Search Underway For Fungus-Resistant Butternut Trees (330)

KNOXVILLE, Tenn. — Researchers hope to rescue the dying butternut tree by identifying specimens that are naturally resistant to a fungus blamed for killing the tree.

Dr. Scott Schlarbaum of the University of Tennessee forestry department said the fungus is responsible for wiping out 80 percent of the butternut trees in Alabama, Georgia, Kentucky, North Carolina and Tennessee.

Schlarbaum heads a rescue team that includes the U.S. Forest Service, the National Park Service, and the National Biological Service.

The butternut began disappearing in the 1950s, succumbing to a fungus probably introduced with the Asian walnut tree, Schlarbaum said.

Some butternut survivors may have escaped exposure to the fungus but others appear to be naturally resistant. The U.S. Forest Service will confirm the trees’resistance by exposing healthy samples to the disease, Schlarbaum said.

“We think we have found some naturally resistant trees in the wild,” said Schlarbaum. “I’m encouraged. I think we will be able to produce naturally resistant trees.”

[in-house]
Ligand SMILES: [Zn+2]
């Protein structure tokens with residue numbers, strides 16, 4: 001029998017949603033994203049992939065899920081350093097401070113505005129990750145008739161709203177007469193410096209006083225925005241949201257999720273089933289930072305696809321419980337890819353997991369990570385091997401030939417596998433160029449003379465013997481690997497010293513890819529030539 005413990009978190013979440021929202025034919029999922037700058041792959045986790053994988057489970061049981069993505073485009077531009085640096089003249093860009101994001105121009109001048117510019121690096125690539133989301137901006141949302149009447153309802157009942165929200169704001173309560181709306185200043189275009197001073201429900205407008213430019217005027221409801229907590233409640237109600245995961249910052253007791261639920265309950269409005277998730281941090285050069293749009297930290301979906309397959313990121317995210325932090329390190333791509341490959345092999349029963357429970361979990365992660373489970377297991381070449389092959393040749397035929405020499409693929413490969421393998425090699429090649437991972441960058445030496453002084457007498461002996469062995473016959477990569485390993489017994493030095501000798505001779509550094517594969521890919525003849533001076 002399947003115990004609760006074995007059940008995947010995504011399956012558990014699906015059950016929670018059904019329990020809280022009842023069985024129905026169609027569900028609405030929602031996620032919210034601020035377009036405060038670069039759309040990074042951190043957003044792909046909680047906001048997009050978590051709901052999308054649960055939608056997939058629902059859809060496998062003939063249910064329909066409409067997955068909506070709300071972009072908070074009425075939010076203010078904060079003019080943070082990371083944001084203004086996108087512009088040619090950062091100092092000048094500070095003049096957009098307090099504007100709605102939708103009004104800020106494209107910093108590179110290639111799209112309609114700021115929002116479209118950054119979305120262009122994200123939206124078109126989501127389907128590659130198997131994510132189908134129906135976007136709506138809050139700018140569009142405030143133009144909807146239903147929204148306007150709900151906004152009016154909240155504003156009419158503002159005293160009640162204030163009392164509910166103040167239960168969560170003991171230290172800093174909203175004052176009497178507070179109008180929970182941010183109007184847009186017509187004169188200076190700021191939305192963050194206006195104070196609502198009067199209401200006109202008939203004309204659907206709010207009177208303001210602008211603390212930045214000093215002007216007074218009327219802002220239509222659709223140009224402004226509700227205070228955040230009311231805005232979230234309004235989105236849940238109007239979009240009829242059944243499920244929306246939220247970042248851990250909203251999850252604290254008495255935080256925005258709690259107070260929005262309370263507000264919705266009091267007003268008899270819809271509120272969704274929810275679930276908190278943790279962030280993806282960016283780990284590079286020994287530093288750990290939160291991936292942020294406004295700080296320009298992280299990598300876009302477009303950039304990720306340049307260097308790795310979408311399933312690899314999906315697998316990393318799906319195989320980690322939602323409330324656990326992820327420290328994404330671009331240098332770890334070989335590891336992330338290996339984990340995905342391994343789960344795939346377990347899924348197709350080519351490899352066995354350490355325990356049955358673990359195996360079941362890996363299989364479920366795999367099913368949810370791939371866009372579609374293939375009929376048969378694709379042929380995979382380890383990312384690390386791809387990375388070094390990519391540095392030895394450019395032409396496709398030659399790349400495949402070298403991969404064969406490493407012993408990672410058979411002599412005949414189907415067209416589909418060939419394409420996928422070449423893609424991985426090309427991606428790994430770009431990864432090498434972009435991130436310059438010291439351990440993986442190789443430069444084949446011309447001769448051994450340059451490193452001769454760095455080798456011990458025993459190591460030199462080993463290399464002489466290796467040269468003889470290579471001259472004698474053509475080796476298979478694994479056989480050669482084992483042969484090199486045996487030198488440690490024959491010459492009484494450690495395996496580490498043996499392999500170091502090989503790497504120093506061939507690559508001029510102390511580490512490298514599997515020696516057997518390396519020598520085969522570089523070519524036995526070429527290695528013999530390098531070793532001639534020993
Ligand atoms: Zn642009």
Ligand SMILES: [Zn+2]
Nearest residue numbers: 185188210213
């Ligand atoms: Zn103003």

Prized by pioneers who ate the nuts and used the wood to craft furniture, the butternut also is remembered as a dye source for coloring the often homemade uniforms of Confederate soldiers during the Civil War.

Dot Kelly, a member of the Civil War Roundtable here, said she was aware of the butternut’s Civil War role, but did not realize the tree was threatened.

“Now that I think about it,” said Kelly, “I can’t remember the last time I saw a butternut.”

Kelly said soldiers dressed in light-brown or butternut-colored uniforms began showing up in Confederate ranks after Union blockades shutoff virtually all commerce to the southern states.

“The Confederate soldier’s uniform was often made at home using materials they had at hand,” Kelly said. “For coloring, they used butternut or walnut — whatever was available.”

The butternut grows in the upper South and as far north as the Great Lakes. It is related to the black walnut, pecan and hickory.

Contact: Dr. Scott Schlarbaum (423-974-7993)